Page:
By George Gabara
The ice is on the track at the Whistler Sliding Center and Martin White is charged about it. He has his sights set on competing in Bobsled at the 2014 Olympics in Sochi Russia.
It's his dream to compete at this highest level of bobsled in the world. And like most amateur athletes White has his work cut out for him. The only difference is that his uphill climb to the goal is steeper than most young athletes'. White is 50. He has a business to run - WhistlerMountainHouse.com B&B. He's got a mortgage and a family that depend on him.
But he's also seen up close the power of the Games and the magic they can weave. In the couple of years preceding the 2010 Games White, through his volunteer work as a race official, was permitted to participate in the piloting school that was happening to develop local athletes. At the time the idea of piloting tourist runs was afloat and he decided to make that his focus. White had guided foreign skiers on Whistler Mountain for years and he saw this as a natural extension of that work.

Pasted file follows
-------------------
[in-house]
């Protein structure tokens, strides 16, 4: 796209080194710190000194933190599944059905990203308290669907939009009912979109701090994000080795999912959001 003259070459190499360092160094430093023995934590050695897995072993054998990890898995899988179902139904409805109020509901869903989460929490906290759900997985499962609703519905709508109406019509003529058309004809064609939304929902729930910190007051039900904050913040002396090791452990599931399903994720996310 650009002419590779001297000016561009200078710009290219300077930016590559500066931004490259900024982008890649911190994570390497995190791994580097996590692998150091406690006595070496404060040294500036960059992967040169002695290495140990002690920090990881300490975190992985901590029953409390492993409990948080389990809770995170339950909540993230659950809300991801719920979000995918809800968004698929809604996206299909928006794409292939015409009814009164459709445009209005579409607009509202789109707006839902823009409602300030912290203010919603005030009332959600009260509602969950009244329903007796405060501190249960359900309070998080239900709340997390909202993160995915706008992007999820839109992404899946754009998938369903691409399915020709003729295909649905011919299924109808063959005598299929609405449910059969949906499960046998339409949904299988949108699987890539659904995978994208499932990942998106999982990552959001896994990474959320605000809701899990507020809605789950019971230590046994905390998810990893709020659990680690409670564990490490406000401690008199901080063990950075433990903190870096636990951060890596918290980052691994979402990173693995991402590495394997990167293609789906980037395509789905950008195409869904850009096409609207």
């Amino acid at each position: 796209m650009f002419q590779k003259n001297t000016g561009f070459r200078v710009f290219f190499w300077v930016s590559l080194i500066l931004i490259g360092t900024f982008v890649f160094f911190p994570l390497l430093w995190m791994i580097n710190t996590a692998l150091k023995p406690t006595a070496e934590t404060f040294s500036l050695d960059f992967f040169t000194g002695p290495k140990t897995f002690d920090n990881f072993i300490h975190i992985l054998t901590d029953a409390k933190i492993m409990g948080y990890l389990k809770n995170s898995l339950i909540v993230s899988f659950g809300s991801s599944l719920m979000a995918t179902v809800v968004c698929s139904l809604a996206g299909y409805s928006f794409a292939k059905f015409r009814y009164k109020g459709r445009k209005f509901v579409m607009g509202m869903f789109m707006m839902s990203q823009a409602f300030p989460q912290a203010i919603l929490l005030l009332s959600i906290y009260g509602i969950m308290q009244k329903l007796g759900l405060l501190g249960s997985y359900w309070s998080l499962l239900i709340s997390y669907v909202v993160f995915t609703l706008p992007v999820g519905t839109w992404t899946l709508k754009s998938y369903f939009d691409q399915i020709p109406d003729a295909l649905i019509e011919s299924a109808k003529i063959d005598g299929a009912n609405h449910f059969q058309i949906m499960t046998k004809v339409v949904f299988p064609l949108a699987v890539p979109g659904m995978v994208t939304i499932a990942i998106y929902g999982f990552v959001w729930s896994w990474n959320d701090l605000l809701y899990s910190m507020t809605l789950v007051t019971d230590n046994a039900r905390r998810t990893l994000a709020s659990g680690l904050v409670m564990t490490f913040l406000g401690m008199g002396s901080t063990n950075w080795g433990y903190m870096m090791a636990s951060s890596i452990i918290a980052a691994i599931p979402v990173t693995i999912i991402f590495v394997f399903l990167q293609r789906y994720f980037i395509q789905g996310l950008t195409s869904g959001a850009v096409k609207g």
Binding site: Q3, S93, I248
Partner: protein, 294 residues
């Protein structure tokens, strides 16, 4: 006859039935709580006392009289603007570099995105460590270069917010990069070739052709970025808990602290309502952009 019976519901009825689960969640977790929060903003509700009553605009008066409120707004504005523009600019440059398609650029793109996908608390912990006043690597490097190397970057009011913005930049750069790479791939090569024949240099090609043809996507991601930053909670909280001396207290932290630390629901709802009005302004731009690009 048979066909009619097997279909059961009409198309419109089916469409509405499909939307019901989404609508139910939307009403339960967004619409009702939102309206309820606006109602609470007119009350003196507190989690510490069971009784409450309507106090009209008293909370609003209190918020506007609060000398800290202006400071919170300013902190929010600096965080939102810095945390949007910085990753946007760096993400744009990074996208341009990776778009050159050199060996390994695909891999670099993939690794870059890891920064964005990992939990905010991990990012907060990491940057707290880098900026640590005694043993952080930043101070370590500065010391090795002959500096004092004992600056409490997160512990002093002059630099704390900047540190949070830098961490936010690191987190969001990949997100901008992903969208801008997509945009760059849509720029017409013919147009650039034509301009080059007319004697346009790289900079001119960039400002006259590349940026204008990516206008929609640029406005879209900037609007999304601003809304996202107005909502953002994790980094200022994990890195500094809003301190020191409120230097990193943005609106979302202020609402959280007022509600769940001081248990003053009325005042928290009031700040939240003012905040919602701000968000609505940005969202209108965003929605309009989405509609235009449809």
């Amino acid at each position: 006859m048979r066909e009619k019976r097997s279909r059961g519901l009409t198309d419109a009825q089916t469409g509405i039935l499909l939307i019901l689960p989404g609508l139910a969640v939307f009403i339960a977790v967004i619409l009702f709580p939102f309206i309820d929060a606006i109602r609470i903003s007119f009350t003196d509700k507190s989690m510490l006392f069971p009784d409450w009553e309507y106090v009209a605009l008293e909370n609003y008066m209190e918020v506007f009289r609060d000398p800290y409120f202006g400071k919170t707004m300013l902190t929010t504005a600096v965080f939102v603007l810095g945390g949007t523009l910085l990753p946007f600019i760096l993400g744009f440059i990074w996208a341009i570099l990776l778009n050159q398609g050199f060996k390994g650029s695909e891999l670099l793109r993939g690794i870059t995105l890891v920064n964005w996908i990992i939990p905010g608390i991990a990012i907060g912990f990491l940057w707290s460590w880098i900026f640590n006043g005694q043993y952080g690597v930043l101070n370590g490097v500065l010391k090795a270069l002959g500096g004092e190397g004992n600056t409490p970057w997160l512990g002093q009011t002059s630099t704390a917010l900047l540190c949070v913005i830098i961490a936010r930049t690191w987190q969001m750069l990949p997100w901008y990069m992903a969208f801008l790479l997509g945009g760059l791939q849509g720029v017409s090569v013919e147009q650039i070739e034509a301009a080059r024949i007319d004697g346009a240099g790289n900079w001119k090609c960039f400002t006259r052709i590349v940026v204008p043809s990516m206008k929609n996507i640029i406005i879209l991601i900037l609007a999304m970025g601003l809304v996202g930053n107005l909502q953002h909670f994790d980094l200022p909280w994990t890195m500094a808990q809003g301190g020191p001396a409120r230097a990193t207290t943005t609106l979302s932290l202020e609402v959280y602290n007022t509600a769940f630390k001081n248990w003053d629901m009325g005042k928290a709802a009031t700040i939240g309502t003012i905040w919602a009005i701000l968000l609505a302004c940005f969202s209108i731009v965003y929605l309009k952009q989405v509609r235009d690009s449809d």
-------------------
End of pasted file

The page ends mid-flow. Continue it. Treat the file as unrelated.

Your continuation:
It wasn't until he bumped into New Zealand sliding coach Angus Rose that he learned that the NZ bobsled program was in a bit of disarray and that there were no athletes stepping up to fill positions for bobsled pilot. Rose told White that if he could run tourists down Whistler's fast and technically challenging track, he could run any track in the world.
White says the "light bulb" went on that day - as an ex-pat New Zealander he might just have stumbled onto the opportunity of a lifetime. Fast forward a year and a half - White has jumped through enough hoops to now be considered the captain of the NZ two-man bobsled team and the cash strapped New Zealand sliding program seems eager for his commitment and energy. He equates his bid for the next Winter Olympics to the infamous Jamaican bobsled team, which made its debut at the 1988 Calgary Games. And like them he is paying for the majority of it out of his own pocket.
This season he will be racing on the America's Cup circuit with a newly found Kiwi brakeman.
For now White trains with bobsledding cohort Francis Chiasson. Both are fully infected by the bobsled bug and their passion for the sport grows stronger every time they get a chance to fly down the track in their fiberglass bullet.
Chiasson describes his first 125km/hour run down the track behind White as complete sensory overload. "I had my head up for the first couple of turns and then I just had to bury it between my legs to keep from feeling like I was going to fly out of the sled... and all I could think at the time was 'when is this crazy ride going to end?'